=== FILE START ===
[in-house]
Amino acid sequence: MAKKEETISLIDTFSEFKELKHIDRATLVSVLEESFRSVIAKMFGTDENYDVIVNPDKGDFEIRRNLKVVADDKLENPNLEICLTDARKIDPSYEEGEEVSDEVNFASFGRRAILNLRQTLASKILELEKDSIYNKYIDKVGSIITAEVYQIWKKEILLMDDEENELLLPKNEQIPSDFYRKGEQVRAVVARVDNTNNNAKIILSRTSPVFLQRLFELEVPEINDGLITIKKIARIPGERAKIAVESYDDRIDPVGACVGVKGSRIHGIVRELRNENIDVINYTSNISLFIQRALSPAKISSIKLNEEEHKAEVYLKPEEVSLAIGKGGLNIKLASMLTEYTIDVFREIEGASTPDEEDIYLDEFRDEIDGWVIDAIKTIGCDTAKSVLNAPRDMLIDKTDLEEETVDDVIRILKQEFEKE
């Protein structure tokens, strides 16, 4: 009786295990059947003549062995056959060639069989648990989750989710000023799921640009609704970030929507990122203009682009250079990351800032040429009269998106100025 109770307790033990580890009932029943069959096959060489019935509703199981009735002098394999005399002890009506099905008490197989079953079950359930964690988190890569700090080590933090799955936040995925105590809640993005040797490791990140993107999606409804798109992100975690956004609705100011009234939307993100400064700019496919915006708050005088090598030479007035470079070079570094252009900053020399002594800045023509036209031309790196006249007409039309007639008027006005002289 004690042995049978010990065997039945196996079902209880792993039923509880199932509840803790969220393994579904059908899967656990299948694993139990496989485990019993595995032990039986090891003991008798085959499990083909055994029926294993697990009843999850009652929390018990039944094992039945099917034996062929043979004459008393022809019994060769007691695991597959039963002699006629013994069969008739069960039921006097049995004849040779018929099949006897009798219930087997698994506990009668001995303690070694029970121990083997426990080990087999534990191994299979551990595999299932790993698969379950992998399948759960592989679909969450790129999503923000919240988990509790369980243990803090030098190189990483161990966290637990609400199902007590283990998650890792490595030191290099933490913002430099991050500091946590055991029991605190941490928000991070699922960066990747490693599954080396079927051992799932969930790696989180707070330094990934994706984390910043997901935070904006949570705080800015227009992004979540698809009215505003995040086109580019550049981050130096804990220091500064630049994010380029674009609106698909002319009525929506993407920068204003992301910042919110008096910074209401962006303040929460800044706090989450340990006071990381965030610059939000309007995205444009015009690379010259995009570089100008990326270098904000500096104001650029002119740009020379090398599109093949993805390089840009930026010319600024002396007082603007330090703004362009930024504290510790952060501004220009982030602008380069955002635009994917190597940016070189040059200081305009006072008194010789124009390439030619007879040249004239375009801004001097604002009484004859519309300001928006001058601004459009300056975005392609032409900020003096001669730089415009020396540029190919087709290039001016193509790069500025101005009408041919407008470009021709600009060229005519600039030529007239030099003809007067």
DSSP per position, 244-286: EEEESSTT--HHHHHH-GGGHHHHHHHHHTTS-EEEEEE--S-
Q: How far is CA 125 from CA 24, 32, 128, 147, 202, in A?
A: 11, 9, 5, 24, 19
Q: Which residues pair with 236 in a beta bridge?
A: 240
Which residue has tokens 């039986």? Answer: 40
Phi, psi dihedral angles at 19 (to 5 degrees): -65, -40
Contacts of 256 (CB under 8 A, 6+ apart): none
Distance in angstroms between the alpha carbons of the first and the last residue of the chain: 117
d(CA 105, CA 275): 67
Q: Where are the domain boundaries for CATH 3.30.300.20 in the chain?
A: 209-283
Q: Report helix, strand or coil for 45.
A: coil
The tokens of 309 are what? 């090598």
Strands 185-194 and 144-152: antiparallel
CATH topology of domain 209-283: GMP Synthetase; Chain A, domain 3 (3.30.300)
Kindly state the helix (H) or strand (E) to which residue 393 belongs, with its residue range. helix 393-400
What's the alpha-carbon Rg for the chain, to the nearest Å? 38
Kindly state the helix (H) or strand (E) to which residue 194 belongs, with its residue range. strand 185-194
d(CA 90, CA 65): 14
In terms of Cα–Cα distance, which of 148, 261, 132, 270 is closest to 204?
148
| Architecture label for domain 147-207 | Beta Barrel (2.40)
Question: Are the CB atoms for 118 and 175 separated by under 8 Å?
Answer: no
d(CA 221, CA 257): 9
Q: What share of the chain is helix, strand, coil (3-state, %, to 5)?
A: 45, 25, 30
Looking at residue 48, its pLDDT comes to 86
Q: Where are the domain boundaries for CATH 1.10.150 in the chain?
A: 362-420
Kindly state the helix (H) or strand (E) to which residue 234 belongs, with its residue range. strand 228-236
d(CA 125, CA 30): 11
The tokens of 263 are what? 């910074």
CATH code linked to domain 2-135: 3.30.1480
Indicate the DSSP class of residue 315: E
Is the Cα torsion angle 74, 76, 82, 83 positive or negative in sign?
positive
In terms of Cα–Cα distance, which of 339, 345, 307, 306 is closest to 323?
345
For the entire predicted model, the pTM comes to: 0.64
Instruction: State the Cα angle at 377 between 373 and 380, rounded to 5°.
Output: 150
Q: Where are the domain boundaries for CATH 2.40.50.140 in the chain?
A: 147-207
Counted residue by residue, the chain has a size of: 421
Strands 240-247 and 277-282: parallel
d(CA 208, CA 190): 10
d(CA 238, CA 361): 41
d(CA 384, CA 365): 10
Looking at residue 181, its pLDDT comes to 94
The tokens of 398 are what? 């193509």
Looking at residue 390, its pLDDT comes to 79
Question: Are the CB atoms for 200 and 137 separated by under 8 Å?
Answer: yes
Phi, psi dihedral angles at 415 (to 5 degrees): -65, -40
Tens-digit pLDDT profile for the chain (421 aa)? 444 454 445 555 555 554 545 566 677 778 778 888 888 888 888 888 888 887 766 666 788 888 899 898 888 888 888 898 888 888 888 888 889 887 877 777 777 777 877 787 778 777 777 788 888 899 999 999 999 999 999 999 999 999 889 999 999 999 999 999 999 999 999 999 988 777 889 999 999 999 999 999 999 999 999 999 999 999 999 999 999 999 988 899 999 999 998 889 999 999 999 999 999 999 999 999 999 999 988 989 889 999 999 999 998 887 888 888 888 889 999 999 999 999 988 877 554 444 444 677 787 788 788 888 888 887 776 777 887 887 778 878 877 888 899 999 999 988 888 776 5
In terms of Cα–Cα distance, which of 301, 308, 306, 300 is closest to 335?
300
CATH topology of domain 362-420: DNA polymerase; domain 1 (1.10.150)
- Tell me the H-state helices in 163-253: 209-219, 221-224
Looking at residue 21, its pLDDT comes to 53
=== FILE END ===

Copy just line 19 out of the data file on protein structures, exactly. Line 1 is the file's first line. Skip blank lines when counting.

Strands 185-194 and 144-152: antiparallel